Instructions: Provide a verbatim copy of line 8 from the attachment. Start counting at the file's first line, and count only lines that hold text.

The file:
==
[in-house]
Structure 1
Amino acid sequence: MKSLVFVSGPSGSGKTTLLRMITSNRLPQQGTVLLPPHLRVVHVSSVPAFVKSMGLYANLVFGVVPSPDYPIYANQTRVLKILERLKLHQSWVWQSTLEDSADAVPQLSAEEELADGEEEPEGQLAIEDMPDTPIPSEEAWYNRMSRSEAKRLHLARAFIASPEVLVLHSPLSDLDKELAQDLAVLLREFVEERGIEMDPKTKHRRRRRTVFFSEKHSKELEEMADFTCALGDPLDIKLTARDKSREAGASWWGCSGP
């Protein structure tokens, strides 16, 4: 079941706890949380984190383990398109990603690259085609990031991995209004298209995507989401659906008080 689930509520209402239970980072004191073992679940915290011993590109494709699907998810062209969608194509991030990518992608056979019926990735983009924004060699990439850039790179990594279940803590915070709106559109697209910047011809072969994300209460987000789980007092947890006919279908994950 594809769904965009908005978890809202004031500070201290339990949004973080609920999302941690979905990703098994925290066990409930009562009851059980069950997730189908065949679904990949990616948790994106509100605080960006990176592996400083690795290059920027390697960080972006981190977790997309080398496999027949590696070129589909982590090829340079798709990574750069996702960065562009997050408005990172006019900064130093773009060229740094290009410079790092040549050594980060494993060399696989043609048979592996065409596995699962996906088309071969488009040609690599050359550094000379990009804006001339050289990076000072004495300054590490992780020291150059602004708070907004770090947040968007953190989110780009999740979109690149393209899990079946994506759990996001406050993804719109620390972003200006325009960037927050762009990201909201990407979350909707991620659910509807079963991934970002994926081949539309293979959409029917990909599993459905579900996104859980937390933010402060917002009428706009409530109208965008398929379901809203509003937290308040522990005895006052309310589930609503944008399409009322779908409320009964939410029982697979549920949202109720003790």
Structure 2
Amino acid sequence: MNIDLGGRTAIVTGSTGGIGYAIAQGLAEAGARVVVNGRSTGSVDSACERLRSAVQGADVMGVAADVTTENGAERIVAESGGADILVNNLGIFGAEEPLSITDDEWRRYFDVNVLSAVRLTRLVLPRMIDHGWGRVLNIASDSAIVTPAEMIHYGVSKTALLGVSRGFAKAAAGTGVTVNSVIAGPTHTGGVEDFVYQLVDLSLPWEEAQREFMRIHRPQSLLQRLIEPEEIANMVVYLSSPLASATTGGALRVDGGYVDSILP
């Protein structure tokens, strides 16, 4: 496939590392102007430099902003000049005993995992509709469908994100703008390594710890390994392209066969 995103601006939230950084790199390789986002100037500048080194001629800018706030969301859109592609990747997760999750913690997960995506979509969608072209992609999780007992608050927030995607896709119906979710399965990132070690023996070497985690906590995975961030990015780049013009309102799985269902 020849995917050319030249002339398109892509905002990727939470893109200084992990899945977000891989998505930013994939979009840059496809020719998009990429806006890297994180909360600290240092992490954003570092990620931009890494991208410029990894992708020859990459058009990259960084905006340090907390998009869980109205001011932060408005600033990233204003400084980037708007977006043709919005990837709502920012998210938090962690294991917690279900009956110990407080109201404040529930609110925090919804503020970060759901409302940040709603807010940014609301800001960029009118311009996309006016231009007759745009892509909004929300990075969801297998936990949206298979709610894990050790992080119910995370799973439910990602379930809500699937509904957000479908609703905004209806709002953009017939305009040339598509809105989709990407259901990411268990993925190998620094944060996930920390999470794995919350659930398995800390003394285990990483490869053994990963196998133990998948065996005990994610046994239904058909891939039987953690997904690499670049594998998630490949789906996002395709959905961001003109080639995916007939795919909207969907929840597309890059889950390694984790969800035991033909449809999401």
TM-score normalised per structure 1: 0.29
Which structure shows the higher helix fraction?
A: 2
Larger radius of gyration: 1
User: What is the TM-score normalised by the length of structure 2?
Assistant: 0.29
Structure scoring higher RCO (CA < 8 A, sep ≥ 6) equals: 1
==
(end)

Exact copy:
TM-score normalised per structure 1: 0.29